Infra projects front-loading ahead of elections to aid economy in 2021
Ramping up spending on infrastructure and other public goods and services ahead of the election ban would aid economic recovery this year, even as slow mass vaccination remains the top hindrance to the Philippines’ quick rebound from recession, UK-based Pantheon Macroeconomics said.
“Capex (capital expenditures) will probably receive a lift from projects being front-loaded ahead of the May 2022 elections,” Pantheon Macroeconomics senior Asia economist Miguel Chanco said in their second-half outlook report for emerging Asian economies.
Government agencies cannot start new projects starting March up to the elections on May 9, 2022.
Ahead of the election ban, the Cabinet-level Development Budget Coordination Committee (DBCC) had programmed to ramp up disbursements to P2.29 trillion in the second half of 2021.
Of the P1.02-trillion infrastructure program for this year, P451.15 billion worth will be rolled out in the second semester.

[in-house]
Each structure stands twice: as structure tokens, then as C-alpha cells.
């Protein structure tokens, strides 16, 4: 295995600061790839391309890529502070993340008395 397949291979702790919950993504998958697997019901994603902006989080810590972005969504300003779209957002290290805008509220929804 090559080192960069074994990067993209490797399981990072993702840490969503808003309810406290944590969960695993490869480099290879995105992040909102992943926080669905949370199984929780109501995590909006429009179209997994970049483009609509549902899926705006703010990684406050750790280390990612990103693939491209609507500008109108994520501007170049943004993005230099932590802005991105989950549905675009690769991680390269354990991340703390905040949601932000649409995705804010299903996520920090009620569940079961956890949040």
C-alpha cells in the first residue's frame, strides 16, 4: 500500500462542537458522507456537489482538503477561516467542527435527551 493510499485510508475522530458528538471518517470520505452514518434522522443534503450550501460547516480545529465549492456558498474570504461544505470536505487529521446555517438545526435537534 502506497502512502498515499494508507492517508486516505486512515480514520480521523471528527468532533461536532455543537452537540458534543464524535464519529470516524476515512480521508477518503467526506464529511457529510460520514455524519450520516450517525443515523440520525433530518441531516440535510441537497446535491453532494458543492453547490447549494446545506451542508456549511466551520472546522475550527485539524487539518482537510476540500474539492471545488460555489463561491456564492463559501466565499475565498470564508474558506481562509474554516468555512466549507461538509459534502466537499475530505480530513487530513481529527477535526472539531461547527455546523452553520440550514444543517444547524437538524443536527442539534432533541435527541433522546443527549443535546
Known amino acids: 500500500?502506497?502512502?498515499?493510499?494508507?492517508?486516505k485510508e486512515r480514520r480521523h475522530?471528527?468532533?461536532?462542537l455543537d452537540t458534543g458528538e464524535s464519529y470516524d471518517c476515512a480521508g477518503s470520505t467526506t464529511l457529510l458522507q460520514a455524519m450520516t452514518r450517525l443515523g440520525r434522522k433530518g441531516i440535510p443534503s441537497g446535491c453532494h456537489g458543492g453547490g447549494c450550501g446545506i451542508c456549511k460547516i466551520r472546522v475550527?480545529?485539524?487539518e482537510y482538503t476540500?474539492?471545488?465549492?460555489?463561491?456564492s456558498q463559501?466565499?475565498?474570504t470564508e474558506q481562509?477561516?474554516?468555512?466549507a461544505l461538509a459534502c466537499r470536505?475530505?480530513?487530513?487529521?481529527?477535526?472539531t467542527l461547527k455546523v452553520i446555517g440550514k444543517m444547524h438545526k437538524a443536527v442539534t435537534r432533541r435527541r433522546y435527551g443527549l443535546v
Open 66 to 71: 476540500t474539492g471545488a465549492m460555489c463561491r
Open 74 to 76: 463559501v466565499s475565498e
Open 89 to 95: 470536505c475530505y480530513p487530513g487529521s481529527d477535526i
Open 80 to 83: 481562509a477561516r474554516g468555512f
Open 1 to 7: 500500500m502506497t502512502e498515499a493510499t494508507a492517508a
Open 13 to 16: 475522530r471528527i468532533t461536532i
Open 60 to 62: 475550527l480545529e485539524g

Poorer prospects in H1 2022
But Chanco said front-loading implementation of government projects before the national polls “will come at the expense of the first half of 2022, and the slump in corporate loans points to continued softness thereafter.”
Elections in the past contributed to economic growth during election years, but recent polls showed diminishing contribution to gross domestic product (GDP) as national output became broader-based.
For 2022, the DBCC targets a 7 to 9 percent GDP growth, faster than this year’s 6 to 7 percent goal.
However, Pantheon Macroeconomics was less optimistic about growth this year and next with the nationwide inoculation drive hitting snags.
“The Philippines risks becoming a basket case, as it is unlikely to reach herd immunity until 2023. We are the least confident about this projection, due to the country’s high vaccine hesitancy. The domestic outlook remains bleak,” Chanco said.
The think tank projected 2021 GDP to grow 6.6 percent, or within the government’s target range, after last year’s record 9.6 percent GDP decline. Next year, GDP growth was seen slowing to below-target 4.4 percent.
“Consumption is unlikely to find meaningful support from remittances; growth is likely to stay subdued, due to the still declining number of overseas workers. Households are looking to rebuild savings, after last year’s substantial drawdowns,” Chanco said.
“A reacceleration in inflation, on the back of the lagged pass-through of rising oil prices, will add insult to injury in the rest of 2021, a threat the BSP [Bangko Sentral ng Pilipinas] continues to downplay,” Chanco said.
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